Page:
Data centers generate an immense amount of heat. Cooling this conglomerate of delicate electrical machinery has been an ongoing challenge.
Engineers are constantly looking for an improved cooling system for data centers that is efficient, cheap, and sustainable. Recent trends have been geared toward implementing water cooling as the solution for data centers.
How does water cooling work? What are the various water cooling options? Is it worth the investment? And is it really better than air cooling?
This article will answer those questions and much more.
Although it is often mistaken for new technology, liquid cooling has been used since the 1940s to cool transformers, and IBM used it for its System 360 in the 60s. Cars use liquid cooling, and desktop PCs can have it, too.
However, water cooling as a cooling solution for data centers has become more prevalent in recent years.
In the water cooling process, a liquid — usually water — is pumped through the IT equipment and absorbs the heat. It travels through the system and dissipates the heat it absorbs.
There are several methods of water cooling, which we will explain in detail in the coming sections.
There are several different methods of liquid cooling. Each has its own benefits and risks.
Immersive liquid cooling completely or partially submerges the electric components in a dielectric fluid.
This is one of the quietest of all liquid cooling technologies, since there is no need for fans of any kind.
Within immersion cooling systems, there are three different types:
One type uses a sealed IT Chassis, which holds the server immersed in a dielectric liquid. This liquid is cooled passively or pumped through a CDU, heat exchanger, or fluid cooler.
This heat exchanger can be inside the chassis, or the liquid can be transferred to an exterior cooler through a closed circuit.
The open tub liquid immersion cooling option can be either a one-phase or two-phase approach. The single-phase open tub stacks multiple servers on a vertical plane in one big tub of dielectric fluid.
Like the IT chassis method, the liquid can be cooled by a system inside the tub, or connected to a heat exchanger outside the tub through a water circuit.
The two-phase open tub method is set up like the single-phase, with vertically stacked servers. However, two-phase immersion cooling differs in the fluid changes from a liquid to a gas during the cooling process.
Single-phase direct-to-chip liquid cooling uses a cold plate placed directly on the components that generate the most heat. The liquid is circulated through the cold plate. With this method, you will still need a fan to produce airflow to cool the rest of the components.
Two-phase direct-to-chip liquid cooling uses the same idea. However, the liquid will change states into a vapor and then is cooled in a condenser outside the server. It then returns to a liquid form and is routed back to the cold plate as coolant.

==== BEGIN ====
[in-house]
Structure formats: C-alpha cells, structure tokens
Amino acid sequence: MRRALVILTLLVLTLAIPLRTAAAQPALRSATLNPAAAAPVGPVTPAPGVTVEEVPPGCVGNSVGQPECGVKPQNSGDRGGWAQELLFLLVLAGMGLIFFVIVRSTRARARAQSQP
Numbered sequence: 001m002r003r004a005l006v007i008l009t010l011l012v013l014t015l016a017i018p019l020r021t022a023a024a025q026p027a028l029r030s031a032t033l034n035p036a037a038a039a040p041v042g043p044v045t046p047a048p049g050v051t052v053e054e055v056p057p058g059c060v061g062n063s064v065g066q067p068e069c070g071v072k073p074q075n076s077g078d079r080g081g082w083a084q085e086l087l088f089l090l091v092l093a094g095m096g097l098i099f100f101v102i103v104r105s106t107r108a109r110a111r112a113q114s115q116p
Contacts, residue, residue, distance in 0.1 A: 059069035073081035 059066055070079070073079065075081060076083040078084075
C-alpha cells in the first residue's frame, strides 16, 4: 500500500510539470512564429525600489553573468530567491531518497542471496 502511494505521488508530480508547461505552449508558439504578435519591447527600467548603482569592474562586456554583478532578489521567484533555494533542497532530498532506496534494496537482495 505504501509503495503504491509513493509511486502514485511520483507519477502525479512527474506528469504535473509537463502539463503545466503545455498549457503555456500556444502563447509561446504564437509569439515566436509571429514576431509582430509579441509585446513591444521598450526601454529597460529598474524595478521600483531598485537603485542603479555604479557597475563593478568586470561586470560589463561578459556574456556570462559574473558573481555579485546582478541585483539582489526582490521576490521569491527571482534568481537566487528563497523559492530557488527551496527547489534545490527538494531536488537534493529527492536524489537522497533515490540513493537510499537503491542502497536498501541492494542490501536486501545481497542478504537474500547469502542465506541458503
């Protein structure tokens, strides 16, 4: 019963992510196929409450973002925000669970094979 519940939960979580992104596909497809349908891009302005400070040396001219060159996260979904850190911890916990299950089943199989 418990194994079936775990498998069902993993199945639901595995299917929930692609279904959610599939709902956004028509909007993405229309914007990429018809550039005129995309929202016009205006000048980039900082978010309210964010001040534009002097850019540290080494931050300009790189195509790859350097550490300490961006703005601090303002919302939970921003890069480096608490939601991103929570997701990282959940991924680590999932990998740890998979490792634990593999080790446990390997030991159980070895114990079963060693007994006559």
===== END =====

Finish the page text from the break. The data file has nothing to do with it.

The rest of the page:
Another liquid cooling option is rear door heat exchangers (RDHx). This system uses fans to draw hot air away from the servers and into the radiator coils filled with refrigerant.
The coils absorb the heat. The heated coolant then travels through a cooling distribution unit into an evaporative cooling tower or dry cooler. It is then rerouted back to the coils to absorb more heat and repeat the cycle.
Choosing which liquid cooling system to install in your data center can be a difficult decision to make. Factors that should be considered are the cost, efficiency, energy usage, and specific cooling requirements.
Many times, the best option involves a combination of more than one system for various types of equipment.
Make sure you have all the facts before designing your data center. Read The Processes of Building a Datacenter.
Is the investment in a new liquid cooling system worth it? And what are the potential drawbacks?
Read on to weigh the pros and cons of water cooling for your data center.
Below are the many reasons big corporations like Meta are switching to liquid cooling solutions.
Cooling is the highest draw of non-IT power in a data center. Switching to liquid cooling reduces your cooling energy consumption by 80%.
Water cooling can improve your PUE by up to .5 on the measurement scale. Although this may seem like a slight improvement, it significantly reduces overall energy consumption.
Aside from the initial installation cost, water cooling offers many ways to save costs. Since it drastically reduces the energy needed for cooling your IT equipment, you save a lot of energy.
Although liquid cooling often uses water, it is recycled, reducing the cost of consumption. Liquid cooling is even more cost-efficient as power density increases.
Liquid cooling eliminates the need for many of the space-consuming cooling equipment. CRACs, compressors, and chillers can all be removed. This allows for either more room for servers, or the ability to settle on a smaller data center, which is also cost-effective.